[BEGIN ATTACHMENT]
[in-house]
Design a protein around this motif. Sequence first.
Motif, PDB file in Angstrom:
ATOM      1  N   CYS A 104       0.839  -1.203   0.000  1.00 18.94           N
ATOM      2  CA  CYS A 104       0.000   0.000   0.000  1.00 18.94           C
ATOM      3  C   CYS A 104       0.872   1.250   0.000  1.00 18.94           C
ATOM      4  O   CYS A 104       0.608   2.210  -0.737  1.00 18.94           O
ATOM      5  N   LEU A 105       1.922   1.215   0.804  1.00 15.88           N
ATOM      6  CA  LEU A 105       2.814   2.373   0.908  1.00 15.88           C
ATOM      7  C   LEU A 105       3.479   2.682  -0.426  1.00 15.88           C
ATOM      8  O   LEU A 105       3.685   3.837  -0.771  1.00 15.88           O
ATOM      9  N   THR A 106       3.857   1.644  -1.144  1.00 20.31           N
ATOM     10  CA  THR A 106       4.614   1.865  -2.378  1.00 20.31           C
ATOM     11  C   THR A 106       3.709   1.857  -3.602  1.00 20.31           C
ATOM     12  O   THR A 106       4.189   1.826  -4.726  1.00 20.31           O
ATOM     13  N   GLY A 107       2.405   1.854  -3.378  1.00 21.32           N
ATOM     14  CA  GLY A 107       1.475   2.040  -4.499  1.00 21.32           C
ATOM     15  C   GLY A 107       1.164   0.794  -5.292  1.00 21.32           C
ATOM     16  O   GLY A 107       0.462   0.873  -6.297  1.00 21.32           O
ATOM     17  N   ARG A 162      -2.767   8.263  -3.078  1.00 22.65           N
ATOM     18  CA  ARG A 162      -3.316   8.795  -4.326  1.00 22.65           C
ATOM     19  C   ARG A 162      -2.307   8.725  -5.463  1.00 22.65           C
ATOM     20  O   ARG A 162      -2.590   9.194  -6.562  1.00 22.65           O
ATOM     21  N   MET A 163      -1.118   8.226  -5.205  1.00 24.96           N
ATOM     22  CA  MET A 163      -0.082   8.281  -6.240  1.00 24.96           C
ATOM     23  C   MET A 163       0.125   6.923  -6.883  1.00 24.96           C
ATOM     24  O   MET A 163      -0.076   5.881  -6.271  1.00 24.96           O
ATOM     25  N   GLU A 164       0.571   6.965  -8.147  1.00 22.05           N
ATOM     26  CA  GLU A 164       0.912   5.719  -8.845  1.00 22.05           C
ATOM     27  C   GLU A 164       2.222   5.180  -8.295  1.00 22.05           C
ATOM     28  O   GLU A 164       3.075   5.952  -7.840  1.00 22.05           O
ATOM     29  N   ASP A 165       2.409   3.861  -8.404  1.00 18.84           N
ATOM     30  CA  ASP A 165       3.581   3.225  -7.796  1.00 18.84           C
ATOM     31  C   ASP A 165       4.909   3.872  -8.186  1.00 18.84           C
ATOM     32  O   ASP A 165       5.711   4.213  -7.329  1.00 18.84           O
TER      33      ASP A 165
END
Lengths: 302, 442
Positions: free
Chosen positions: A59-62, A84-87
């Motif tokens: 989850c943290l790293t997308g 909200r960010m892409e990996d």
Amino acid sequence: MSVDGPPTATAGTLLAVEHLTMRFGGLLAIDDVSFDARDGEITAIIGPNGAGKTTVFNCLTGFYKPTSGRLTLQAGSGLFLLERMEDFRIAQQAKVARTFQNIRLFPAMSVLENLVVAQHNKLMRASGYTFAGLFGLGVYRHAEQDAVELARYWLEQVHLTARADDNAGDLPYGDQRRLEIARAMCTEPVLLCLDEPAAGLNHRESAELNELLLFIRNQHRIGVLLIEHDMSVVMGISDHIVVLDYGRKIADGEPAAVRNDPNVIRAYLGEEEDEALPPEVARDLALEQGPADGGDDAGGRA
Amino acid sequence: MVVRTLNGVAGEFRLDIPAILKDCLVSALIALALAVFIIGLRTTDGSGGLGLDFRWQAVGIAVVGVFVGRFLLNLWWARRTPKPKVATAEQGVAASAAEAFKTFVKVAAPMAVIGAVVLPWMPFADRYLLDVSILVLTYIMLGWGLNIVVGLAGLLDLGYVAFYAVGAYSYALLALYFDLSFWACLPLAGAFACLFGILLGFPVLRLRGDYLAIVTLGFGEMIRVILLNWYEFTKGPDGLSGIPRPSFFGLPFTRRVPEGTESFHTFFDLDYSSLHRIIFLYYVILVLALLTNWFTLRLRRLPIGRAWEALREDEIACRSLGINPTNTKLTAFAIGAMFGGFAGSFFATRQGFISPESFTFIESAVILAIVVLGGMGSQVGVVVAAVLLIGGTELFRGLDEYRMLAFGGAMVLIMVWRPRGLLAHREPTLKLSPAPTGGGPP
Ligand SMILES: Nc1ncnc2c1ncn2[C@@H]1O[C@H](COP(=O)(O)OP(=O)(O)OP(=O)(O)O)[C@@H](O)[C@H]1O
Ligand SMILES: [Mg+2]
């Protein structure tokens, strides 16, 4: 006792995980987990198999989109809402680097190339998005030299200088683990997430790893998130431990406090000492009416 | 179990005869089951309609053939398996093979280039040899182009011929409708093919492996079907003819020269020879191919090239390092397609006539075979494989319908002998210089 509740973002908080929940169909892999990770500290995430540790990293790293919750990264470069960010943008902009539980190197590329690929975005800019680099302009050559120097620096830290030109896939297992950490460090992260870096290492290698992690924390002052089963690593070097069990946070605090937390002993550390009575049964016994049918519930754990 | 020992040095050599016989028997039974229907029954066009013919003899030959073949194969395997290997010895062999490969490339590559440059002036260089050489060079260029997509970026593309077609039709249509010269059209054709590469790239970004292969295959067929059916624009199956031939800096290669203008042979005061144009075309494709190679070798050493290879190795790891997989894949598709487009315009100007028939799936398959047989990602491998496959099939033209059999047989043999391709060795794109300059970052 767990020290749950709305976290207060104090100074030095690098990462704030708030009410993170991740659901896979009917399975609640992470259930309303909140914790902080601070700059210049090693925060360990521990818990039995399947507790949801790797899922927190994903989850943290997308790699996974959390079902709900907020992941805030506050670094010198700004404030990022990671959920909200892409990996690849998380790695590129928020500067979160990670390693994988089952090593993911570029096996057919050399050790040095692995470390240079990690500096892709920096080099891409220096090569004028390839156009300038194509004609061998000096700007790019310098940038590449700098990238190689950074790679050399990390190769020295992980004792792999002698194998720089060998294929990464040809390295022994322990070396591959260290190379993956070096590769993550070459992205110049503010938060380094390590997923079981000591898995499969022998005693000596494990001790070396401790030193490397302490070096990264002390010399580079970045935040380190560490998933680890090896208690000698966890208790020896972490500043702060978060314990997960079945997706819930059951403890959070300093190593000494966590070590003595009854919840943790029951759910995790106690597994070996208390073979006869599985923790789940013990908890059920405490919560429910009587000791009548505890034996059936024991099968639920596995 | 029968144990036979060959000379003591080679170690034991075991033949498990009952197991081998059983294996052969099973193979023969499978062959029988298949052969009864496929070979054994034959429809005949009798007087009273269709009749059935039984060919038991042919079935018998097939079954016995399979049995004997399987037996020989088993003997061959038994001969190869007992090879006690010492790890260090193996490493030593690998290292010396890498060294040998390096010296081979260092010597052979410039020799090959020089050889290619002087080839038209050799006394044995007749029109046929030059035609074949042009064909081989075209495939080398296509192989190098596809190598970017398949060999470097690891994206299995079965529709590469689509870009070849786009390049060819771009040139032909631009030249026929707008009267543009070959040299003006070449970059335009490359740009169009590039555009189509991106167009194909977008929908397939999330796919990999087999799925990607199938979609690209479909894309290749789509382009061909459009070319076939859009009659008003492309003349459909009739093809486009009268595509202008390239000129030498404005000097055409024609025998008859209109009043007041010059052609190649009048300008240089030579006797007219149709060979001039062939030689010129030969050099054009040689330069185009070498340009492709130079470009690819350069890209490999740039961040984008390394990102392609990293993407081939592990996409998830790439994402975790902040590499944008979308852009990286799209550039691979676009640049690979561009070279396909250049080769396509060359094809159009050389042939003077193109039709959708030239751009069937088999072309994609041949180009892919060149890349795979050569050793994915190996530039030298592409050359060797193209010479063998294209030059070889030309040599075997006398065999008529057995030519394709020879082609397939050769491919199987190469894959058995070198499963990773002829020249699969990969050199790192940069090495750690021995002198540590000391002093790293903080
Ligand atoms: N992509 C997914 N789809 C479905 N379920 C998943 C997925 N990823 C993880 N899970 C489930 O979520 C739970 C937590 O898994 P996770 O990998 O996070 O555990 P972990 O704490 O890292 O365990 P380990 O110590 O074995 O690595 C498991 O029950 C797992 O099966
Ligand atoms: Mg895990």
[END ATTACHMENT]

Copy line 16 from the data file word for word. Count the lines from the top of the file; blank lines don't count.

ATOM     13  N   GLY A 107       2.405   1.854  -3.378  1.00 21.32           N